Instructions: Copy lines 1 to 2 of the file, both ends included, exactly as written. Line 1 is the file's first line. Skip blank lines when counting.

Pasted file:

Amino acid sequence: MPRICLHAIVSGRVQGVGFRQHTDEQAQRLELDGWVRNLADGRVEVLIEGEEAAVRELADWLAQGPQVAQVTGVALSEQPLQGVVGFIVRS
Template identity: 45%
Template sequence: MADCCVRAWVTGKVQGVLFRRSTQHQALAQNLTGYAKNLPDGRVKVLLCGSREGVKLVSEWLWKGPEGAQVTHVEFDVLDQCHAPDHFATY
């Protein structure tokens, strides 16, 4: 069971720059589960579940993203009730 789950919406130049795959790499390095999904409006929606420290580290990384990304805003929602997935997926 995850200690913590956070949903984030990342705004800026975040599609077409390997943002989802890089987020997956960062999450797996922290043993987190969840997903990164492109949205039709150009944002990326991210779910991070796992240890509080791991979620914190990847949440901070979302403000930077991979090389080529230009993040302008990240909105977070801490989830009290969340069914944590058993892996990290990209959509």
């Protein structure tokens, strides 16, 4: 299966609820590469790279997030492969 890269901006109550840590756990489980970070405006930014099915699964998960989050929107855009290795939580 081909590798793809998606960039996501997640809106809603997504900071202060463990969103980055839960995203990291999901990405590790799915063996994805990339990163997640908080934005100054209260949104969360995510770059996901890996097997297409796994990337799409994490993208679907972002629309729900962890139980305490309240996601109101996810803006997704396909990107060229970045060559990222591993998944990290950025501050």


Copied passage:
Amino acid sequence: MPRICLHAIVSGRVQGVGFRQHTDEQAQRLELDGWVRNLADGRVEVLIEGEEAAVRELADWLAQGPQVAQVTGVALSEQPLQGVVGFIVRS
Template identity: 45%